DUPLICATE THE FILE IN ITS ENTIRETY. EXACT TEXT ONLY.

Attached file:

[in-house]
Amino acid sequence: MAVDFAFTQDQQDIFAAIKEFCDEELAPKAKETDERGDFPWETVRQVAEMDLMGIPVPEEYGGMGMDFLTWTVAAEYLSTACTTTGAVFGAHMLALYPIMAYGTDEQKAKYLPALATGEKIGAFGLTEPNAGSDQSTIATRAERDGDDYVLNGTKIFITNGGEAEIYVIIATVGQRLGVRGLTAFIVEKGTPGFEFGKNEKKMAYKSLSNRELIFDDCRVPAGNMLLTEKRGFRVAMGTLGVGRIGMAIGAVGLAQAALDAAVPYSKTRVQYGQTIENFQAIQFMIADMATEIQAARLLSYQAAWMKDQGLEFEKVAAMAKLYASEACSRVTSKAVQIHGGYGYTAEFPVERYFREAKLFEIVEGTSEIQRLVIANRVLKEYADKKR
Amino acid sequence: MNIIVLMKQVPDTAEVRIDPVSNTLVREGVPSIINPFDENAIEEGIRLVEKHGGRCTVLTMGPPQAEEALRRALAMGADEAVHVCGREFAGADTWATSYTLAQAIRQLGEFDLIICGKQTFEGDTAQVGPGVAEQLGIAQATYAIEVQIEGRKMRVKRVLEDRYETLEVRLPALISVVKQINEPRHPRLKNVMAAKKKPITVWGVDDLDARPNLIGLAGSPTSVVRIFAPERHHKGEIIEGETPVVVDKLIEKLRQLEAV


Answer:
[in-house]
Amino acid sequence: MAVDFAFTQDQQDIFAAIKEFCDEELAPKAKETDERGDFPWETVRQVAEMDLMGIPVPEEYGGMGMDFLTWTVAAEYLSTACTTTGAVFGAHMLALYPIMAYGTDEQKAKYLPALATGEKIGAFGLTEPNAGSDQSTIATRAERDGDDYVLNGTKIFITNGGEAEIYVIIATVGQRLGVRGLTAFIVEKGTPGFEFGKNEKKMAYKSLSNRELIFDDCRVPAGNMLLTEKRGFRVAMGTLGVGRIGMAIGAVGLAQAALDAAVPYSKTRVQYGQTIENFQAIQFMIADMATEIQAARLLSYQAAWMKDQGLEFEKVAAMAKLYASEACSRVTSKAVQIHGGYGYTAEFPVERYFREAKLFEIVEGTSEIQRLVIANRVLKEYADKKR
Amino acid sequence: MNIIVLMKQVPDTAEVRIDPVSNTLVREGVPSIINPFDENAIEEGIRLVEKHGGRCTVLTMGPPQAEEALRRALAMGADEAVHVCGREFAGADTWATSYTLAQAIRQLGEFDLIICGKQTFEGDTAQVGPGVAEQLGIAQATYAIEVQIEGRKMRVKRVLEDRYETLEVRLPALISVVKQINEPRHPRLKNVMAAKKKPITVWGVDDLDARPNLIGLAGSPTSVVRIFAPERHHKGEIIEGETPVVVDKLIEKLRQLEAV